European Union Gives Itself Top Marks for its Pediatric Medicines Regulation


Applied Clinical Trials

In this blog by Peter O'Donnell, the EU provides a report on the progress its made within the pediatric medicines regulation.

There are advantages in being both judge and jury, particularly on contentious issues where dissident voices might disturb a hard-won equilibrium. The European Union appears to be on course to derive maximum benefit from that happy dual role, judging by the latest stage in its ongoing reflections on the incentives it offers for drug research.

In late October, the EU's executive, the European Commission, presented a glowing report on progress made in children's medicines since the Pediatric Regulation came into force 10 years ago. The report, prepared for the EU's legislative bodies, the European Parliament and the Council, concludes that positive advances-including the authorization of 260 new medicines-could not have been achieved without the EU legislation. It also said the regulation "gives a good return on investment."

The report highlighted some of the numbers to support its case: more than 1,000 pediatric investigation plans-the first step in developing medicines for children-agreed by this year, and 131 of them completed by the end of 2016; a significant surge in new treatments for children with rheumatologic diseases, an area where there were very limited therapeutic options before 2007; and a 50% increase in the proportion of clinical trials that include children between 2007 and 2016-up from 8.25 % to 12.4 %.

The regulation set up a system of obligations, rewards, and incentives to encourage manufacturers to research and develop medicines for children's specific therapeutic needs. It obliges companies to screen every new product they develop for its potential use in children. In return, they can qualify to recuperate the additional upfront costs, via a six-month extension of the product's supplementary protection certificate-and, when the product is a designated orphan medicine, an extra two years of market exclusivity. The Commission says it wants to do more, so it is going to explore how to combine the effects of the pediatric regulation and the EU's orphan medicines legislation "to increase the number and quality of medicines that treat rare diseases-including rare cancers, in children."

All very impressive and ambitious, but the positive approach seems to pre-empt the more strategic reflection on incentives that was set in train last year by health ministers. In June 2016, the EU Health Council invited the Commission to check on whether the incentives in the pediatric and orphan regulations and the supplementary protection certificate were really driving research, or simply giving brand-name manufacturers extra opportunities to boost their profits and to fight off generic competition. The council conclusions underlined “the importance of timely availability of generics and biosimilars in order to facilitate patients’ access to pharmaceutical therapies and to improve the sustainability of national health systems.” And that was merely the diplomatically polite terminology that appeared in the final formal text. The background to the debate featured some highly colorful and deeply critical ministerial remarks about profiteering and price-gouging among innovative drug firms.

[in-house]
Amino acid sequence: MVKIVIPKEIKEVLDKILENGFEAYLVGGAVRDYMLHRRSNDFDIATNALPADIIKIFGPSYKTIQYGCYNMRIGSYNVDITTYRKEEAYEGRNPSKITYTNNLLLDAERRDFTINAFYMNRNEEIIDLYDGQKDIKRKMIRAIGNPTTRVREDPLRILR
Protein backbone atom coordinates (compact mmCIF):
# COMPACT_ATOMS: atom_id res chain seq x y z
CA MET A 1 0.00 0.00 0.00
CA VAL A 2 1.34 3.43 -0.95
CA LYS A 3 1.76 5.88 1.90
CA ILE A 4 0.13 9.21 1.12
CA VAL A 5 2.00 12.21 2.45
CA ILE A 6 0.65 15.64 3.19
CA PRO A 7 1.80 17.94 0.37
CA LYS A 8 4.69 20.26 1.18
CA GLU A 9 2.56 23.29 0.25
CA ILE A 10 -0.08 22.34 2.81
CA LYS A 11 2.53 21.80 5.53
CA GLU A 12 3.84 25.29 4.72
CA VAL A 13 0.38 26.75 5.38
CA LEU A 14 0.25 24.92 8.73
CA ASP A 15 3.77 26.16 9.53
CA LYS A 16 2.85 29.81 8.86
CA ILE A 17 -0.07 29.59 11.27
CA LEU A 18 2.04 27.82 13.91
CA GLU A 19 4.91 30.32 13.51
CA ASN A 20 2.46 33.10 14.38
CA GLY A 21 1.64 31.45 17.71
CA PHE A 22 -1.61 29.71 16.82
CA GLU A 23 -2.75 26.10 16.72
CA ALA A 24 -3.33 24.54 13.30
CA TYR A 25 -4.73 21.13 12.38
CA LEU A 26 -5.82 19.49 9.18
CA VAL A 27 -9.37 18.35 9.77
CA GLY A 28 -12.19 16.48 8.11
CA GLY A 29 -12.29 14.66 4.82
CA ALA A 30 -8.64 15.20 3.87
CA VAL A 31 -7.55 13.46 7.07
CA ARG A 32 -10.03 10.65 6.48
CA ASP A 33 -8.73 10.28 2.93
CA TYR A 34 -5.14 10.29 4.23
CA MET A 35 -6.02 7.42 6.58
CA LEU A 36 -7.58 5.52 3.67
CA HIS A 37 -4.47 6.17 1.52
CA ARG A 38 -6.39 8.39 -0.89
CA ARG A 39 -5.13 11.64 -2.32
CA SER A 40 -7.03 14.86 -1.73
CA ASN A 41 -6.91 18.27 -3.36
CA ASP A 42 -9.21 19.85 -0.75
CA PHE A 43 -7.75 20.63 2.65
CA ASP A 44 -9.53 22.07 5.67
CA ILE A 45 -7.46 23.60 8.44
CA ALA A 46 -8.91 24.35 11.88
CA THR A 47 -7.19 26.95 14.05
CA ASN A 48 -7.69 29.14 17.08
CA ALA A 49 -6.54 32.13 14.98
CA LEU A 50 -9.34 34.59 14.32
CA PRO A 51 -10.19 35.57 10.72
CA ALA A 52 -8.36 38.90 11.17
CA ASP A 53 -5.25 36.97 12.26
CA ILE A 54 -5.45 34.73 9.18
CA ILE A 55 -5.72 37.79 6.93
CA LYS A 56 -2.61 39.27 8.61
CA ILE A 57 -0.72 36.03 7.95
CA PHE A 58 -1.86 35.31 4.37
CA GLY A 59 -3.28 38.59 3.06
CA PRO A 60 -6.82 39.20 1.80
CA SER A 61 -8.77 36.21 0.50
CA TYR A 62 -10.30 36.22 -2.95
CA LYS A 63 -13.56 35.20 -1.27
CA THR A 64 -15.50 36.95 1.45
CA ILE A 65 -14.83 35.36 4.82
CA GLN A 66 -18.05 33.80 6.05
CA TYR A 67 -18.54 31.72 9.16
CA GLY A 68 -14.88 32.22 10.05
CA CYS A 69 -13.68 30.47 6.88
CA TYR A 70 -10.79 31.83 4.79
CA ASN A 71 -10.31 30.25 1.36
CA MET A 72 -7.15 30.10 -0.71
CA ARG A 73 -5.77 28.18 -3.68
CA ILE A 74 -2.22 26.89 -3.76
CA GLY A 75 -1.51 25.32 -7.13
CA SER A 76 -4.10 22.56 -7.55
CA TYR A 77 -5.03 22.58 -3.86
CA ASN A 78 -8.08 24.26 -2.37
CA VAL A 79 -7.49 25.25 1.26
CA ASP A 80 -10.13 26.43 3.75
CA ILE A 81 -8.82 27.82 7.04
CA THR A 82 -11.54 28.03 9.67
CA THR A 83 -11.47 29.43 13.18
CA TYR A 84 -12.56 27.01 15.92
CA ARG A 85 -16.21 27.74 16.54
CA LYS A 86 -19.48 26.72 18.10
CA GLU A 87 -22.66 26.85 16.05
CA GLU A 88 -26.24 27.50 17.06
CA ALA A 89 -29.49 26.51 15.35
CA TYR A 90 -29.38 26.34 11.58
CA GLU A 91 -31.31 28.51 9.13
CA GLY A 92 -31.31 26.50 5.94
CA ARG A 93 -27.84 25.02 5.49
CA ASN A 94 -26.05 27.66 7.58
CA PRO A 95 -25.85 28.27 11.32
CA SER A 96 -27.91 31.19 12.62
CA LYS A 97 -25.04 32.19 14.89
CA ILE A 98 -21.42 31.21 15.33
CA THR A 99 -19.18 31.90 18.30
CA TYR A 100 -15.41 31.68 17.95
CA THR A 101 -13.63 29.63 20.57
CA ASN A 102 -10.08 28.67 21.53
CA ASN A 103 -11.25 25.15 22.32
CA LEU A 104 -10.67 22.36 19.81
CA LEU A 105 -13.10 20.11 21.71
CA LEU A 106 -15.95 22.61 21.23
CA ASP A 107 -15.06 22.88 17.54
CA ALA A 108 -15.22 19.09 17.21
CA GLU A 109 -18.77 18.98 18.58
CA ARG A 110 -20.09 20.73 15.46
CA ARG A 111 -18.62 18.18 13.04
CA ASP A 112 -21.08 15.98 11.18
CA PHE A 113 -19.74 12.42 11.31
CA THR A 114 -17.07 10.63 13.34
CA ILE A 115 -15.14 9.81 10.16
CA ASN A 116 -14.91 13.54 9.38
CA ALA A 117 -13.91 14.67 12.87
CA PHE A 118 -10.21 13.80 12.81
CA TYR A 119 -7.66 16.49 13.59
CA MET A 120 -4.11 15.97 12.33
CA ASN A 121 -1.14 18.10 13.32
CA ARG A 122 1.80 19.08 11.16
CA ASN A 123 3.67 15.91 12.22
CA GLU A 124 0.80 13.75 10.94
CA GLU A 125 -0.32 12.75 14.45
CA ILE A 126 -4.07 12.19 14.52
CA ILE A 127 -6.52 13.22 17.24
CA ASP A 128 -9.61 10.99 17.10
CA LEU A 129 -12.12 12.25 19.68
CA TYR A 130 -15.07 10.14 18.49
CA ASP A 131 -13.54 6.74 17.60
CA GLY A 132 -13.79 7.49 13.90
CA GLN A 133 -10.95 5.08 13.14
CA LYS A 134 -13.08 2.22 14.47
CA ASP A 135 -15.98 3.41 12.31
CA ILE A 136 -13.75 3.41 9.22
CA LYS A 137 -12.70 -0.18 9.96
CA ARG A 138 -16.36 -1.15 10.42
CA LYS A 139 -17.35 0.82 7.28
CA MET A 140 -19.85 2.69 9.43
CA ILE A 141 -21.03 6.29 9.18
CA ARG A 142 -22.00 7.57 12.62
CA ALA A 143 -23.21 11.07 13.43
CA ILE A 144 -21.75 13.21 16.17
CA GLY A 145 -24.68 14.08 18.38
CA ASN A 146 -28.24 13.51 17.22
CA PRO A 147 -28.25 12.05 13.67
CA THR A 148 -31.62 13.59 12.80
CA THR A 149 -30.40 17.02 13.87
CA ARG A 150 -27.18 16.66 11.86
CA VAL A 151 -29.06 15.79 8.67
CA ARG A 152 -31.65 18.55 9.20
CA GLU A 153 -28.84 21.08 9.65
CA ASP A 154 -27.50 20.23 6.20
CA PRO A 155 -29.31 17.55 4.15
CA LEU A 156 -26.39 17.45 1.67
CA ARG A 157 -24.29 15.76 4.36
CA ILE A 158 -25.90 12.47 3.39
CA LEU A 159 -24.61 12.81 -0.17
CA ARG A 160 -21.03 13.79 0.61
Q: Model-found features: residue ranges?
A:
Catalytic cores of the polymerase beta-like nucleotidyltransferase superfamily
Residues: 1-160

So where does this leave that broader reflection? European Health Commissioner, Vytenis Andriukaitis will present the pediatric regulation report's findings to people working in regulatory affairs, patients' groups, and other stakeholders at a conference in Brussels in late November. A further report is due to appear from the Commission before the end of this year covering incentives in general and the orphan drugs scheme in particular. These are just "an essential intermediate step in the debate on a joint vision about the future parameters for pediatric and orphan medicines." Results of this reflection will be presented by 2019 to allow the next Commission to take informed decision about possible policy options. But despite all the anxieties expressed over recent years about abuse of drug research incentive schemes in Europe, the Commission's current mood music seems to be offering a less hostile approach to innovation than what the health ministers were looking for.

That could be good for research, but it could be less good if it springs from a political decision to ignore criticisms of the scheme, because criticisms will not just go away, and are being expressed by a growing number of influential organizations who have already shown they can modify the course of drug regulation history. Only last month, 33 civil society organizations-including Médecins Sans Frontières, Health Action International, Oxfam, Wemos, UAEM Europe, and the European Aids Treatment Group-wrote an open letter to the Commission urging abolition of the SPC mechanism, greater transparency, and more precise impact assessment of public health implications in the SPC review process, and to improve transparency of market exclusivity status. A botched review will store up trouble for the future, which may be more difficult to avert by acting as judge and jury.

Peter O'Donnell is a freelance journalist who specializes in European health affairs and is based in Brussels, Belgium.

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